The unfortunate answer is no. There are quite a few varieties of tick that take years to become adults. They survive the winter by hiding out in piles of leaf litter. The leaves insulate them from the snow and keep them warm enough to last through the coldest winter months. Remember though that if the temperature warms up to around 45 degrees, even in the middle of the winter, ticks can come out of their hiding places and start searching for a host. If you decide to take your dog on a walk during a warm winter day, there is always a chance that you could bring a few ticks home. You should always take a moment to check your dog and yourself for ticks.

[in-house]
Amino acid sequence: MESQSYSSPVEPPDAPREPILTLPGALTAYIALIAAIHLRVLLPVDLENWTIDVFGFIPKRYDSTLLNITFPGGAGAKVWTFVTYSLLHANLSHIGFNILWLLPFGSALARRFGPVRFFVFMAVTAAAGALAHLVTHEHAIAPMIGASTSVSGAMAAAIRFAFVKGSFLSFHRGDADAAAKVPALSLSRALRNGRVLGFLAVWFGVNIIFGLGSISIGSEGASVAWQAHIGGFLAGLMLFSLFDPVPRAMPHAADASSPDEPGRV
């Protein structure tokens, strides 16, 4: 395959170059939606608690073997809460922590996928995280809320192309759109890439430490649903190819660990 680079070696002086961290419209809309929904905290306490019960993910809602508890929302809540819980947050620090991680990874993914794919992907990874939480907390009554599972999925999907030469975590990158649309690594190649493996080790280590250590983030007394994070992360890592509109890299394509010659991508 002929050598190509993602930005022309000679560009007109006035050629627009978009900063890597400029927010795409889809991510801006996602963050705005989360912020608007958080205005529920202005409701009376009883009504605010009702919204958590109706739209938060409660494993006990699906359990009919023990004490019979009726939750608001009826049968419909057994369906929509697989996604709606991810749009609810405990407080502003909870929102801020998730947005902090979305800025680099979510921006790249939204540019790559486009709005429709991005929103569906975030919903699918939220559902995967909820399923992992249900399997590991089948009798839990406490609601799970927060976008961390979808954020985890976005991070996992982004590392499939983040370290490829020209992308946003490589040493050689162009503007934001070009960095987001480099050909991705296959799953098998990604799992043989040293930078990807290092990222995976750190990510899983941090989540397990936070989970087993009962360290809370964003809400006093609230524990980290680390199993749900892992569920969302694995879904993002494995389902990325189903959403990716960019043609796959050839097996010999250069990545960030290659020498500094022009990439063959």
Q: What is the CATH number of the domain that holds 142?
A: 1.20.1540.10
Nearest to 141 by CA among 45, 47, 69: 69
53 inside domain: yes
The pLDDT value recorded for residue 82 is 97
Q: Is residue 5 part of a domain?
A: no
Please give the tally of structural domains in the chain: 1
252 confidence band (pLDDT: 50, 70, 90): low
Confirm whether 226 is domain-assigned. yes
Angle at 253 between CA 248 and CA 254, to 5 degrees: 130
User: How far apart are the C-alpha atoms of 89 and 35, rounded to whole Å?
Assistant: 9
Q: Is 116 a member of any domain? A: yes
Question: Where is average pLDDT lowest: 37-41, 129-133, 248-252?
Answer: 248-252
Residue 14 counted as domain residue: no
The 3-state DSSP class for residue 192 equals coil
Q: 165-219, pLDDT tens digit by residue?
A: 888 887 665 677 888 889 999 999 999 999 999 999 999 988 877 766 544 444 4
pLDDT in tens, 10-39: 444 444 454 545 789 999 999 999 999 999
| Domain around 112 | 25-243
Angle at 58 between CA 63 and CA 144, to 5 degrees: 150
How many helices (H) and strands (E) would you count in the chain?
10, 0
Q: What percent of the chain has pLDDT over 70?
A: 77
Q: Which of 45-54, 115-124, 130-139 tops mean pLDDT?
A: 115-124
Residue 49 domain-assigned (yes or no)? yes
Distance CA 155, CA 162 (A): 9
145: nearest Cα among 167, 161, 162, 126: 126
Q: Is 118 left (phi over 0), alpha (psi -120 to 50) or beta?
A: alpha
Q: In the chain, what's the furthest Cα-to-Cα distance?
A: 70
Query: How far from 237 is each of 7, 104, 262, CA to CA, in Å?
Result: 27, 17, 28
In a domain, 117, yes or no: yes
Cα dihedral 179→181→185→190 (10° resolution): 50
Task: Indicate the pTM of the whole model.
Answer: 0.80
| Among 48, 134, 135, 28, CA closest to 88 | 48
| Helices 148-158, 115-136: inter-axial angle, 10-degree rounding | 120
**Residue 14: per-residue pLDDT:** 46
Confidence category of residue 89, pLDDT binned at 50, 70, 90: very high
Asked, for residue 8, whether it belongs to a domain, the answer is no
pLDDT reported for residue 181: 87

Not all ticks go into hibernation. There are a few species that will simply cling to their warm blooded hosts and stay warm all winter long. They stay close to the skin and can easily survive negative temperatures. The most common hosts for these types of ticks are deer, elk and moose. If one of these types of tick fall off their host and you happen to by nearby, you could be the next target. Soft ticks use a different approach to overwinter. They find a nice warm underground burrow and go into a state of dormancy. If there happens to be rodents nearby, they will awaken to warm themselves up with a snuggle and a bite. So even though you might be able to enjoy wintertime without the irritating insects, you still need to be on the lookout for ticks.